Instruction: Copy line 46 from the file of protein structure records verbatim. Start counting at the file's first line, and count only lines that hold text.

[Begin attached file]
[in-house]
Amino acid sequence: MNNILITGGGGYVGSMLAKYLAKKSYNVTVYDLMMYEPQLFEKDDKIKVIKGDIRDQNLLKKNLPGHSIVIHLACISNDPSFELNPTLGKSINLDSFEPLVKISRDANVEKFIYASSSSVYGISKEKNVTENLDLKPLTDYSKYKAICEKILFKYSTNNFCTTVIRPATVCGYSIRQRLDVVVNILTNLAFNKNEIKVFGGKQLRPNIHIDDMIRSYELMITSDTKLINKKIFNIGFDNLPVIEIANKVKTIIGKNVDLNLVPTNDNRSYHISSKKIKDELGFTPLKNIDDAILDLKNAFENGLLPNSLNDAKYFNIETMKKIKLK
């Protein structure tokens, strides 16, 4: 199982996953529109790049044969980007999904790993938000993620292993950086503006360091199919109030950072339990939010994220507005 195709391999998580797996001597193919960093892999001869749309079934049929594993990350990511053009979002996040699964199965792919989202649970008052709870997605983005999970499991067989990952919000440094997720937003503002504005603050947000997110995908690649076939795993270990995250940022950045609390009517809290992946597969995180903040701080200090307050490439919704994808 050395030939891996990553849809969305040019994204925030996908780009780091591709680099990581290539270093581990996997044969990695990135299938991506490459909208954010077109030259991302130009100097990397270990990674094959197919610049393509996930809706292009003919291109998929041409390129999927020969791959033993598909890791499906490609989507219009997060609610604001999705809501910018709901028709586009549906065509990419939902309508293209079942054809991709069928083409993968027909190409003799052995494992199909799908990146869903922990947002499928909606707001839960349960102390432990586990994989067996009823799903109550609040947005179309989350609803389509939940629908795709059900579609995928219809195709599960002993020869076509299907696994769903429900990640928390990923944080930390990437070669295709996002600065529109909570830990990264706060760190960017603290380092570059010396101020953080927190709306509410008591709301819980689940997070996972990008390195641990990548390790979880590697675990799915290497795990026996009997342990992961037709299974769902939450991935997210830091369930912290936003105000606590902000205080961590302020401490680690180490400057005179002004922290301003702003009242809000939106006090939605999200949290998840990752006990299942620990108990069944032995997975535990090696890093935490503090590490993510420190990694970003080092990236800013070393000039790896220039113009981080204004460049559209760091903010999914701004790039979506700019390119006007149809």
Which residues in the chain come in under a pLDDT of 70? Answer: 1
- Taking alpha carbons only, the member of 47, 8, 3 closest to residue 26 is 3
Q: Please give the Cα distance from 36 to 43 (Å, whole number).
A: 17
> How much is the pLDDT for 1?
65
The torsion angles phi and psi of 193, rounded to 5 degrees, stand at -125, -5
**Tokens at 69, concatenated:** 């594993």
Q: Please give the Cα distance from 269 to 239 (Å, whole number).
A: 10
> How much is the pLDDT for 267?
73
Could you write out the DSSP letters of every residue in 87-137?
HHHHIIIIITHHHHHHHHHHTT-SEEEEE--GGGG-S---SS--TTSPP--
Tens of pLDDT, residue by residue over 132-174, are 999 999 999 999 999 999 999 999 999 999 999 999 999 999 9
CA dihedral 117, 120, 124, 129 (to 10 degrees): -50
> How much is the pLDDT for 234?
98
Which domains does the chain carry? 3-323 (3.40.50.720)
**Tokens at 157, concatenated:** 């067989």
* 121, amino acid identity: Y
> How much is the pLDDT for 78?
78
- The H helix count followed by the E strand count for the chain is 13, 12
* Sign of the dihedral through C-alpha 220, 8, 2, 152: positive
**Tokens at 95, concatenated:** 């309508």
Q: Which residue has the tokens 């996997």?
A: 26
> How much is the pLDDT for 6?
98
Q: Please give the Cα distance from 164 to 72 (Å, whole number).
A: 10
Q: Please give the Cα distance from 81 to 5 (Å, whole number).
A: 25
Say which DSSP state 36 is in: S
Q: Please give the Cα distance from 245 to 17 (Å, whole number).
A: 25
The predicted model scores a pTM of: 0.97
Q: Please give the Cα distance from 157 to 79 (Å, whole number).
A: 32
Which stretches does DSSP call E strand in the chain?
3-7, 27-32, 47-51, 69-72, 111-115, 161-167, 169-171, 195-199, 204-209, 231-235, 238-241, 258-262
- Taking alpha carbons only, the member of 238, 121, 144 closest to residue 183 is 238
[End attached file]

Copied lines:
- Taking alpha carbons only, the member of 238, 121, 144 closest to residue 183 is 238